Freelancing comes with plenty of perks, including the chance to set your own schedule and work on the projects that really inspire you. However, there are also some downsides. Irregular income is one of the main issues that freelancers face. It’s not uncommon for freelancers to experience busy periods followed by a period of little to no work. For this reason, saving money as a freelancer can be more of a challenge.
Freelancer – Money Saving Tips
With a bit of planning and preparation, you can easily learn new habits that will allow you to save money like never before. Even things like getting a mortgage – which many freelancers think is the impossible – become attainable if you can learn a few good habits. If you want to save money and start building your nest egg, follow these simple money saving tips.
Stop Buying Things you can’t Afford
This might seem simple enough, but many freelancers fail to master this simple step. With so many items available on monthly payment plans, it’s easy to get tempted into thinking you’re getting a good deal. However, you will often end up paying a lot more for the item because of interest payments. Monthly payments can also spell trouble for freelancers as they might be easy enough to meet during busy months, but they’ll be a strain during quiet months.
Don’t Forget About your Taxes
Don’t wait until you meet the tax threshold before you start saving for taxes. At the very least, you should be saving 20% of every invoice. Even if you don’t even up owing that much tax, then you will have a healthy amount of savings that will help to bridge gaps in your income for the coming year.
Take Advantage of Tax Deductibles
Did you know that you can claim a portion of your utility bills as tax deductible if you work from home? There are so many savings you can make on tax as a freelancer, but you have to be clued up to be able to take advantage of them. Being prepared to manage your own taxes and learning all about the tax breaks available to you is one way to save a huge amount of money on your end of year tax bill.
Pay Yourself a Monthly Salary
If you set up a second business bank account, you can pay yourself a set monthly salary. Obviously, all of the money is your own, but you are limiting your access to a monthly allowance, which should help you to budget throughout the year. You might have a client pay a huge invoice one month, and it can be tempting to blow through this if the money is just sitting in your main bank account. However, if it’s in a separate account, you’ll be less likely to chip away at this nest egg.
Keep a Close Eye on your Monthly Outgoings
Do you know what is going out of your account and when? This is vital as a freelancer as you may have personal and business expenses going out at the same time. Ensuring that you keep tabs on your monthly commitments is essential. There are plenty of machine learning artificial intelligence money tracking apps available that will give you an overview of how much you are spending on different things. You might not even realise that your monthly cortado habit couldn’t paid for a fancy new coffee machine for your office.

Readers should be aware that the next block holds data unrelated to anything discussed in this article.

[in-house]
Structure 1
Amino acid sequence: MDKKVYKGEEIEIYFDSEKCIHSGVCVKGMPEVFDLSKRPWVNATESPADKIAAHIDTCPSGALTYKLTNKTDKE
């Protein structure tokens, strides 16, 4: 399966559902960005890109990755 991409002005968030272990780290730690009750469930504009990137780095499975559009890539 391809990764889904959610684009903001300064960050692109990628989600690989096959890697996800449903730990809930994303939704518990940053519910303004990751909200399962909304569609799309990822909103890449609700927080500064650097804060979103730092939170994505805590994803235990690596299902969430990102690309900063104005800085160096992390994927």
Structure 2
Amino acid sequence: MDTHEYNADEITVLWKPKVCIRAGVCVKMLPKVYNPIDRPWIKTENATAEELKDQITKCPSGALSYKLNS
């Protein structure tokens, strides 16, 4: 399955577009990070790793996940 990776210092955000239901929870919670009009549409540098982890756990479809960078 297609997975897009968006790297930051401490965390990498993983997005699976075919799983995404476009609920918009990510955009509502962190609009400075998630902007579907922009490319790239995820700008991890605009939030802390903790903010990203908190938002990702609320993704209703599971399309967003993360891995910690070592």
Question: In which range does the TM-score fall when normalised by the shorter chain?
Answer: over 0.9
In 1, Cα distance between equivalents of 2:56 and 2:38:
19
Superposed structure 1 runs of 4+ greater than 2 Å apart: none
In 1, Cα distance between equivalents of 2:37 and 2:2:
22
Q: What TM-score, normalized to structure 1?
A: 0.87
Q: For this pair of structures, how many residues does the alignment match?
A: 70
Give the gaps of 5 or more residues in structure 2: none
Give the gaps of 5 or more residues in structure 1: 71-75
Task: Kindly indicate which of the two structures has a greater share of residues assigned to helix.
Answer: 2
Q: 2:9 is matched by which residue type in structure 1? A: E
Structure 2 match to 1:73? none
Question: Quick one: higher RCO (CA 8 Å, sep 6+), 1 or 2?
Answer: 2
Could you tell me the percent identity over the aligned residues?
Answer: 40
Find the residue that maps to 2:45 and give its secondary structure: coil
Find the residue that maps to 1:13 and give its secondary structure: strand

Don’t Skimp on the Important Things
While it might be nice to get that yearly membership to a co-working club, it might not be entirely essential during the learner months. However, if your co-working club is a good source of business, then you can easily justify it. A huge part of Similar things include professional liability insurance. While it might not seem essential all of the time, it can save you from having your savings wiped out. Companies like Caunce O’Hara also throw in free legal advice, so your monthly premium could save you money in the long term if you need legal advice on a contract or non disclosure agreement.
There are plenty of resources available online to help you manage your finances as a freelancer, so you can feel safe in the knowledge that you aren’t alone in your struggles. As freelancing is fast becoming a popular form of employment, even the banks are getting on board. Ten years ago, it was unheard of for freelancers to manage to get a mortgage, but this is gradually becoming a thing of the past. With a little preparation, you can be a master of your finances and take control of your career.
Rebecca Harper is a freelance writer based in Manchester. She is an avid campaigner for freelancer rights and loves helping other freelancers to save money and grow their careers. She is involved in a country-wide campaign by Caunce O’Hara to raise awareness of freelancer insurance options and educate freelancers about the dangers of working without insurance.